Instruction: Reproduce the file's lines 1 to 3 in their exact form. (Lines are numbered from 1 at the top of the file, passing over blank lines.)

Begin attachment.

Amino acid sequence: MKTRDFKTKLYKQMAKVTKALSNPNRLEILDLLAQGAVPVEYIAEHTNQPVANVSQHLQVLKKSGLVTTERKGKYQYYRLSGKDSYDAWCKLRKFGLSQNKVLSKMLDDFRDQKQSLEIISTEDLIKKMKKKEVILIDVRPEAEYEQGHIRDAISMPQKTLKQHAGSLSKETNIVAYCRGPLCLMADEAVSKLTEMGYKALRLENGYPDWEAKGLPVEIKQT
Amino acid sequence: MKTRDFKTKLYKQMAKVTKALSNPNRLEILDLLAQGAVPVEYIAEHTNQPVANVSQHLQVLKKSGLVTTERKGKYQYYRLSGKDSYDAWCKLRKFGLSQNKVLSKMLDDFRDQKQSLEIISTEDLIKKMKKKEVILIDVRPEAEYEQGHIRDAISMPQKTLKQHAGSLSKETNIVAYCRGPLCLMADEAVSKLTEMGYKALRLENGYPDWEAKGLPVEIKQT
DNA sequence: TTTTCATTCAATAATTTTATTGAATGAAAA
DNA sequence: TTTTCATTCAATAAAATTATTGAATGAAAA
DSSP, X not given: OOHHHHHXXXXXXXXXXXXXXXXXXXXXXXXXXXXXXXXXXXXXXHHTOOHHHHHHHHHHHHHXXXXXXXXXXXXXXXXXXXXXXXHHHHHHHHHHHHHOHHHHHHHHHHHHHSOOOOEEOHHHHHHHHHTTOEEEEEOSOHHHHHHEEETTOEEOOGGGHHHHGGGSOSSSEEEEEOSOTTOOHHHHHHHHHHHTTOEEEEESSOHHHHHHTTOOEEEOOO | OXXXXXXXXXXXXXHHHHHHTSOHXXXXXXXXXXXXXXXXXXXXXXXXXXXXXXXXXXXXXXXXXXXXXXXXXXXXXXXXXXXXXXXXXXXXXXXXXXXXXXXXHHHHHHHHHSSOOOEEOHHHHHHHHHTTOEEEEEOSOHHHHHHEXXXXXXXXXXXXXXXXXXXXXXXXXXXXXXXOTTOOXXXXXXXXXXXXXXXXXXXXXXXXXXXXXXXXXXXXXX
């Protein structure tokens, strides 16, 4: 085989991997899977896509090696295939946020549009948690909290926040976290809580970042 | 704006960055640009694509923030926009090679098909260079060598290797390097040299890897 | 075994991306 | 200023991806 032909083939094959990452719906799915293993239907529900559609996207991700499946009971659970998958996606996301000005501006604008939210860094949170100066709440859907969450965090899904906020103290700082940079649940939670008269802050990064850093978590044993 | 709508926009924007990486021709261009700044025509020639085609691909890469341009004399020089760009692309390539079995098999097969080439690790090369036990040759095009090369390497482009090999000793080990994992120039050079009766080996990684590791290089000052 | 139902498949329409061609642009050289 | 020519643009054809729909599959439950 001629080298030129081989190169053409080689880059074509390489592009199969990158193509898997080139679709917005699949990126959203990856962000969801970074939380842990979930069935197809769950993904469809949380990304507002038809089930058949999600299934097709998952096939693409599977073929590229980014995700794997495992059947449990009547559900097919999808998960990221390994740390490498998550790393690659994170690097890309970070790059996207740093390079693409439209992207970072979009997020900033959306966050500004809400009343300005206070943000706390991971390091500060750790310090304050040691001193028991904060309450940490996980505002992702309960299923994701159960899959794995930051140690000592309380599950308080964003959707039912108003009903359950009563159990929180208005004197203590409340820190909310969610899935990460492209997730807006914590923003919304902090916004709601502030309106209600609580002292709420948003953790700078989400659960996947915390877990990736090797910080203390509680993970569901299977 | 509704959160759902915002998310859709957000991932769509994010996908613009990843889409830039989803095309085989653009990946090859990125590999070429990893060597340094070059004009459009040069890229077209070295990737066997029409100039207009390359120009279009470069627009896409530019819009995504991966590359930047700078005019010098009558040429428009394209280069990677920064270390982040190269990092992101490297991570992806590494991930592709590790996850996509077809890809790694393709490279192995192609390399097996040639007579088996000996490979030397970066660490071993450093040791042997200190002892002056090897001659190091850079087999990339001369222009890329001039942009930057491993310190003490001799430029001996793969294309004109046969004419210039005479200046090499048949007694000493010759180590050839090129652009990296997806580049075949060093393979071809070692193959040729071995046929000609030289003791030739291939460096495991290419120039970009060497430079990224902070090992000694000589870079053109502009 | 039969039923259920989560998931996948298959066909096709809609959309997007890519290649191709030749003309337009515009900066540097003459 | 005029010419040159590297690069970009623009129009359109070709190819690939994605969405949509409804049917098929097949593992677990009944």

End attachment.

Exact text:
Amino acid sequence: MKTRDFKTKLYKQMAKVTKALSNPNRLEILDLLAQGAVPVEYIAEHTNQPVANVSQHLQVLKKSGLVTTERKGKYQYYRLSGKDSYDAWCKLRKFGLSQNKVLSKMLDDFRDQKQSLEIISTEDLIKKMKKKEVILIDVRPEAEYEQGHIRDAISMPQKTLKQHAGSLSKETNIVAYCRGPLCLMADEAVSKLTEMGYKALRLENGYPDWEAKGLPVEIKQT
Amino acid sequence: MKTRDFKTKLYKQMAKVTKALSNPNRLEILDLLAQGAVPVEYIAEHTNQPVANVSQHLQVLKKSGLVTTERKGKYQYYRLSGKDSYDAWCKLRKFGLSQNKVLSKMLDDFRDQKQSLEIISTEDLIKKMKKKEVILIDVRPEAEYEQGHIRDAISMPQKTLKQHAGSLSKETNIVAYCRGPLCLMADEAVSKLTEMGYKALRLENGYPDWEAKGLPVEIKQT
DNA sequence: TTTTCATTCAATAATTTTATTGAATGAAAA